But the trip was centered around the interests of my recently engaged niece Jennifer, which meant lots of churches and palaces, plus a visit to the Victoria and Albert Museum’s new exhibit “Wedding Dresses 1775 to 2014”—but only one night of theater.
The program (which, as always, you have to pay for in London) helpfully organizes the characters according to their allegiances but it may still be hard to keep track of who’s who if you’re not well versed with the tale, particularly since some actors play multiple parts and so many of the male courtiers are named Thomas.
And that's not even counting my viewing of all the works about Henry and Anne Boleyn's daughter, who would grow up to be Elizabeth I, including the Glenda Jackson TV series from the '70s, the Cate Blanchett films and the terrific 2009 Broadway revival of Mary Stuart with Harriet Walter as Elizabeth and Janet McTeer as her rival Mary, Queen of Scots.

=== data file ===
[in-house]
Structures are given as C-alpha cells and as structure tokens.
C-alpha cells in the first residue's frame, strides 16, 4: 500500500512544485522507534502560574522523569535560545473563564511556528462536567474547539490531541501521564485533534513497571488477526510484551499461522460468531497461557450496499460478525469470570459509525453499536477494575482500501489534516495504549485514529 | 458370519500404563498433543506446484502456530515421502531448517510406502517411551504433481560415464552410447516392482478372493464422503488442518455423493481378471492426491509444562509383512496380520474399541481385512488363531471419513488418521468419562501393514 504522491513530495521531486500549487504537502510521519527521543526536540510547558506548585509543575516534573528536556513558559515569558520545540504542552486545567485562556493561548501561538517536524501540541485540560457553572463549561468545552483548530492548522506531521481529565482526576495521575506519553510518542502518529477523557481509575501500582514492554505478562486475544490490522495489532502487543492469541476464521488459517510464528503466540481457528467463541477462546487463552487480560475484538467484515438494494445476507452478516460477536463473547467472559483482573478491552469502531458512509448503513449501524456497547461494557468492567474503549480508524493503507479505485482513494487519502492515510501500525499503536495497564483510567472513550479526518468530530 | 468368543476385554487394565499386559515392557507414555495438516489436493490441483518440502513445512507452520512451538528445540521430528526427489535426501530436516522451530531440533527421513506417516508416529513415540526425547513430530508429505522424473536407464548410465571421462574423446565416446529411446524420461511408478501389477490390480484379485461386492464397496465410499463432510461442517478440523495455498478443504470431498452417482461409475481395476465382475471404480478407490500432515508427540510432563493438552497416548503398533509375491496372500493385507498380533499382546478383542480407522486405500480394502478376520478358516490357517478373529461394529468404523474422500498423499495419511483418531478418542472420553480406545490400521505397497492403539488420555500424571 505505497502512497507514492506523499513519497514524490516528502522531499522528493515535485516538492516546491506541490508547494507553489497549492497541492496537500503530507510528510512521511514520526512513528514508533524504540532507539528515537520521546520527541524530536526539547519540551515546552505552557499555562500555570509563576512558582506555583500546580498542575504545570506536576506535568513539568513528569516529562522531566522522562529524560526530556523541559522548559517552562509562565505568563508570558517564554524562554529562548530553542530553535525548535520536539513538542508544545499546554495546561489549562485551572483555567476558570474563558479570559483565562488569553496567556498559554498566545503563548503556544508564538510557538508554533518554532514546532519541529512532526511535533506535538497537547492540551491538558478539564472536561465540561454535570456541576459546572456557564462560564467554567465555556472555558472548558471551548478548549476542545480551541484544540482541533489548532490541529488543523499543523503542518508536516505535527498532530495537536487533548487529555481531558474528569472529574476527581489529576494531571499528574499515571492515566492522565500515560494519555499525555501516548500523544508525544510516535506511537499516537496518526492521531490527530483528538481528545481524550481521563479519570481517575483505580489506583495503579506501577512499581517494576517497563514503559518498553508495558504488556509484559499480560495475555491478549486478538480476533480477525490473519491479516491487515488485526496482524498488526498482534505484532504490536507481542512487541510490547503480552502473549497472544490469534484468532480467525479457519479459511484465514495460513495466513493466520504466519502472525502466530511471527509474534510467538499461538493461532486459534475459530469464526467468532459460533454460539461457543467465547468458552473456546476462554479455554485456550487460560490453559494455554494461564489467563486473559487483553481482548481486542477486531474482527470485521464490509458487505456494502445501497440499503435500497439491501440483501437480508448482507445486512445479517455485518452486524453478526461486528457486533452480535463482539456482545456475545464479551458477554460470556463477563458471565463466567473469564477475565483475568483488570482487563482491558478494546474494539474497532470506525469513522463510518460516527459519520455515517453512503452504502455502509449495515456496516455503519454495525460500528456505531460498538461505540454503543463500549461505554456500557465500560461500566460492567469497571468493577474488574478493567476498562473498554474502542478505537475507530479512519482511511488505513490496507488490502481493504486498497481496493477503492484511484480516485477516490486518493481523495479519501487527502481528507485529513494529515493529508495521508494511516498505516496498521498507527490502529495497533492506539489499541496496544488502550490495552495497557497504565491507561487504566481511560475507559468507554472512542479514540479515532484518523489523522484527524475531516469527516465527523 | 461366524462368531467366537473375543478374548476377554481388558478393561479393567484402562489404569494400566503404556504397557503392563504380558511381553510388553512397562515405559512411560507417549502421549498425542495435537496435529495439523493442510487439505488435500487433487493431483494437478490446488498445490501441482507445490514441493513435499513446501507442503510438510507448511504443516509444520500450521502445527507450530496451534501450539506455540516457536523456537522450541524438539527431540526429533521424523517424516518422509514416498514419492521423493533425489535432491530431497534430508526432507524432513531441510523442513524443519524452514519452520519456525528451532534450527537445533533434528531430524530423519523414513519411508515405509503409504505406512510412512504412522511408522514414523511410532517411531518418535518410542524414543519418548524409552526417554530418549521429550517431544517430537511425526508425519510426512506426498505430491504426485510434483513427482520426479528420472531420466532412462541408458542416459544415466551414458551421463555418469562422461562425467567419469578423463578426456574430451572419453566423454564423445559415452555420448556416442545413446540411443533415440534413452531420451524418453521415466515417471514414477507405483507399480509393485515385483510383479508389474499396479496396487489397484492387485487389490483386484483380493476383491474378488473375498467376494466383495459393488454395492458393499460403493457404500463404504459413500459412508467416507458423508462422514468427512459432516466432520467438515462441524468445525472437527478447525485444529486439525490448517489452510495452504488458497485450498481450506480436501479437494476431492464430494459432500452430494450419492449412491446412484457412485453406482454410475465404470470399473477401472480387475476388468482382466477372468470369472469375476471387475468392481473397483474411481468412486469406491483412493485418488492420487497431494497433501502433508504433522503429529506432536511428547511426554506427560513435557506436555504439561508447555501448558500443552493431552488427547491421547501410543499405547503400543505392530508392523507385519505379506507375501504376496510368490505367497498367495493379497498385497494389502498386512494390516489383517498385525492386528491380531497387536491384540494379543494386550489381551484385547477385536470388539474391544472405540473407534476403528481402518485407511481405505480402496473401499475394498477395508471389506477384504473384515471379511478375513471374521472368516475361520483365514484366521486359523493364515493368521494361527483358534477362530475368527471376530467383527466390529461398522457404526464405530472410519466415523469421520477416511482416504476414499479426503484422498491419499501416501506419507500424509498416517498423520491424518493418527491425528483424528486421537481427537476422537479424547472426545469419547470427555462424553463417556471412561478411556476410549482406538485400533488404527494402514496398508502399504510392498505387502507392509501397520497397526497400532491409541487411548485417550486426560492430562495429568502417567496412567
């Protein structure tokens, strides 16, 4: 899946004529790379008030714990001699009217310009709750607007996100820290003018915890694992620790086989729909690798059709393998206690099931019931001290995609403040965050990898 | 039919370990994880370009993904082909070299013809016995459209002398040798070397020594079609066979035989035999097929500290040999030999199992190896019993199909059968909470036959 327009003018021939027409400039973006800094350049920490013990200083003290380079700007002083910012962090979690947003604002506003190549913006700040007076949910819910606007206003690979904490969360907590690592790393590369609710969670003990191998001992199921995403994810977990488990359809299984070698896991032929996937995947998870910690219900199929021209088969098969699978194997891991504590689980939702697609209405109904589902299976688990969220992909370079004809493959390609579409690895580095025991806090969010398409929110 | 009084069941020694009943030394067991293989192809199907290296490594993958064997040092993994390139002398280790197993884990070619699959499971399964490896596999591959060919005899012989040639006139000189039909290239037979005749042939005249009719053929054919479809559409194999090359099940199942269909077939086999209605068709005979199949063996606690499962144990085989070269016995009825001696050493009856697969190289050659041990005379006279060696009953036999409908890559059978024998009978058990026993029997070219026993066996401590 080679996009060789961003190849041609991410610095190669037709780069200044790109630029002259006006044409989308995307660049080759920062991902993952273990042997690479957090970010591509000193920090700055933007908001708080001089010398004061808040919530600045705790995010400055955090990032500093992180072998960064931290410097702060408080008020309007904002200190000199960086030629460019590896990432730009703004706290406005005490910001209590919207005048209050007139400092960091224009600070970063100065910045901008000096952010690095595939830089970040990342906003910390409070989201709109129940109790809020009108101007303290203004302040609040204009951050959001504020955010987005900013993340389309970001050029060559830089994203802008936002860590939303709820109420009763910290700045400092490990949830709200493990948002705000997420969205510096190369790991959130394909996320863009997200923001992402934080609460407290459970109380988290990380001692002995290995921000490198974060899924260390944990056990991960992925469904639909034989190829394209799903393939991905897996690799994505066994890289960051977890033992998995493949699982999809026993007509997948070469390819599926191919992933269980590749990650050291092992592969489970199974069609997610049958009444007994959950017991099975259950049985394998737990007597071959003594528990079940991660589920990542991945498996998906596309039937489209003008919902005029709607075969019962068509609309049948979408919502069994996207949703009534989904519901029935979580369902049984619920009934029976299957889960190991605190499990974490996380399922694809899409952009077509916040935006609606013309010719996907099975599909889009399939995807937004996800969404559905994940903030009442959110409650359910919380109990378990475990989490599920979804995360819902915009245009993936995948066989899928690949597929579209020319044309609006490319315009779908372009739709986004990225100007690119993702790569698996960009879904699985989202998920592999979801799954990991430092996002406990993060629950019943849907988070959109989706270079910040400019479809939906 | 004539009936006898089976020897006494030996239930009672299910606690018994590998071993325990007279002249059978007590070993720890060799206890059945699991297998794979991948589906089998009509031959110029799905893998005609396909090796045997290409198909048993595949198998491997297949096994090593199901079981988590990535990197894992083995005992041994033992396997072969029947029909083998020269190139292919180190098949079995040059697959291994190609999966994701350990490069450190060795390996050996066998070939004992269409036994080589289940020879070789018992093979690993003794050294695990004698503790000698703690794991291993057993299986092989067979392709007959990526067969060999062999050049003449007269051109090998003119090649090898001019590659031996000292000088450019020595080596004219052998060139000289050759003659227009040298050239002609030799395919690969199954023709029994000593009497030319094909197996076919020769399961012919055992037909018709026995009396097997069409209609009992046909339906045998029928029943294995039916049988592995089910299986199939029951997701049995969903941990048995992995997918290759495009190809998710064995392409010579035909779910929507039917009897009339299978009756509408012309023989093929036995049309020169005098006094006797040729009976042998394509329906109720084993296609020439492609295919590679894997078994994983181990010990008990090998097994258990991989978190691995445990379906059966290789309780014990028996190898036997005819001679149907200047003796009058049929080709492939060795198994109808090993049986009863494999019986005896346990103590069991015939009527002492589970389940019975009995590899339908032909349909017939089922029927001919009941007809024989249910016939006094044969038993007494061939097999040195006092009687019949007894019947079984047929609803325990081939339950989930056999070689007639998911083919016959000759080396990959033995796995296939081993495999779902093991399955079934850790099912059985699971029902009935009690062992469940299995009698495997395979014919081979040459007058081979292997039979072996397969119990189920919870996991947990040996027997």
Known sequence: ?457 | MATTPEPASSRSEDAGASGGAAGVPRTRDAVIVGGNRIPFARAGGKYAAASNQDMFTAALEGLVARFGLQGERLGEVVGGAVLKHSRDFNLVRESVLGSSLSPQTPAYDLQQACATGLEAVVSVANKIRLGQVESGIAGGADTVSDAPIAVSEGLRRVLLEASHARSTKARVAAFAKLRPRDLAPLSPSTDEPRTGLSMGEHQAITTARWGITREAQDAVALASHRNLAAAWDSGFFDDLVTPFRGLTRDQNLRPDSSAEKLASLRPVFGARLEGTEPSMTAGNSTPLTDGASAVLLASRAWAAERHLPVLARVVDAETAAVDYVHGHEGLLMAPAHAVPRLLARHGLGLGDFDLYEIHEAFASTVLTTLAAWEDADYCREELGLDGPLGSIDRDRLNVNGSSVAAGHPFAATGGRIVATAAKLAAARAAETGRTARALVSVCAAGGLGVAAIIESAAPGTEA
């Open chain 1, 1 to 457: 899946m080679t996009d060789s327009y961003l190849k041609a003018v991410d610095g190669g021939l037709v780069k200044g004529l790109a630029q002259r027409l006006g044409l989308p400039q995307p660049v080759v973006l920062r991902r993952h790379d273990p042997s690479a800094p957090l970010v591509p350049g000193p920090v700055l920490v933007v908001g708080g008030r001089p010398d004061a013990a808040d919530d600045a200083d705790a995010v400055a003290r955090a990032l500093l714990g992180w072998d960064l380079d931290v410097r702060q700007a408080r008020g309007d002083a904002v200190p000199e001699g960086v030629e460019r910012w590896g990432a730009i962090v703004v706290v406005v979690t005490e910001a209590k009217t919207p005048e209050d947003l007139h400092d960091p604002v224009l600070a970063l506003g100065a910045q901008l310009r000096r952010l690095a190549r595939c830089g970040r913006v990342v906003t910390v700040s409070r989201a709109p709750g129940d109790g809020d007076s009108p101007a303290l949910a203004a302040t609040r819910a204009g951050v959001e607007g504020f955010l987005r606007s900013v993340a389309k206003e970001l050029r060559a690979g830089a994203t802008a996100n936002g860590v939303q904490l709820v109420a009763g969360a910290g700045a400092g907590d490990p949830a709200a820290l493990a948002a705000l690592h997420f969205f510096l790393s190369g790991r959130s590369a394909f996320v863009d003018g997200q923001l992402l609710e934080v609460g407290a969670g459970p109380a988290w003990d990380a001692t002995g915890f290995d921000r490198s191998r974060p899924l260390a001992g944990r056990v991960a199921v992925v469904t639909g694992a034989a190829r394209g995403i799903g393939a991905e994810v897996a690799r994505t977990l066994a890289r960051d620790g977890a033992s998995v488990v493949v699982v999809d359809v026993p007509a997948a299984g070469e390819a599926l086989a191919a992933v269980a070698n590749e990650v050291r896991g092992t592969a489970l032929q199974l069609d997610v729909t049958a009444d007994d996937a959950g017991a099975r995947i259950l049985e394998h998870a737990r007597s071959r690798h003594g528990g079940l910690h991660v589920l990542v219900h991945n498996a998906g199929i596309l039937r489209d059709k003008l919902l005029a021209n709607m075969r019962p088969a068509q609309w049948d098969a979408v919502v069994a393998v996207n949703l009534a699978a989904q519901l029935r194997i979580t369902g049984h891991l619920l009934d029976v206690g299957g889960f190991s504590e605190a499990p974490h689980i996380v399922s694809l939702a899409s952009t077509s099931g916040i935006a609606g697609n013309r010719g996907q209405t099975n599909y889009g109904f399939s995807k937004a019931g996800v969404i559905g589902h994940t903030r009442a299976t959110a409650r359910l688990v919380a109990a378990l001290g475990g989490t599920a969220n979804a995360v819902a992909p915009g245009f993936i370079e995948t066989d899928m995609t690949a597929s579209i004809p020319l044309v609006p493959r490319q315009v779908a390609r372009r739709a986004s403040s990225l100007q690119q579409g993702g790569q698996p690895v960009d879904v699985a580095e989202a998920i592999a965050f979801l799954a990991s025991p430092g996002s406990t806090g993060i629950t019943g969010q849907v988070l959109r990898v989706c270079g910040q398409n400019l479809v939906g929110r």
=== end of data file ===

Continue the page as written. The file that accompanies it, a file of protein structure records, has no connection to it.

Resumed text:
So watching Bringing Up the Bodies made me feel the way you do when your aunt once again brings out the family album: it's nice to see the old familiar faces but at this point you want to be told something new about them. And as well staged as this show is, it fails to do that.
Ben Miles has been praised for his portrayal of Cromwell and I enjoyed his performance but I couldn’t help wishing that the role had been played by a more intense actor like Simon Russell Beale, Benedict Cumberbatch or Mark Rylance, who just finished filming a six-part TV series based on Mantel’s first book “Wulf Hall” that is scheduled to air next year.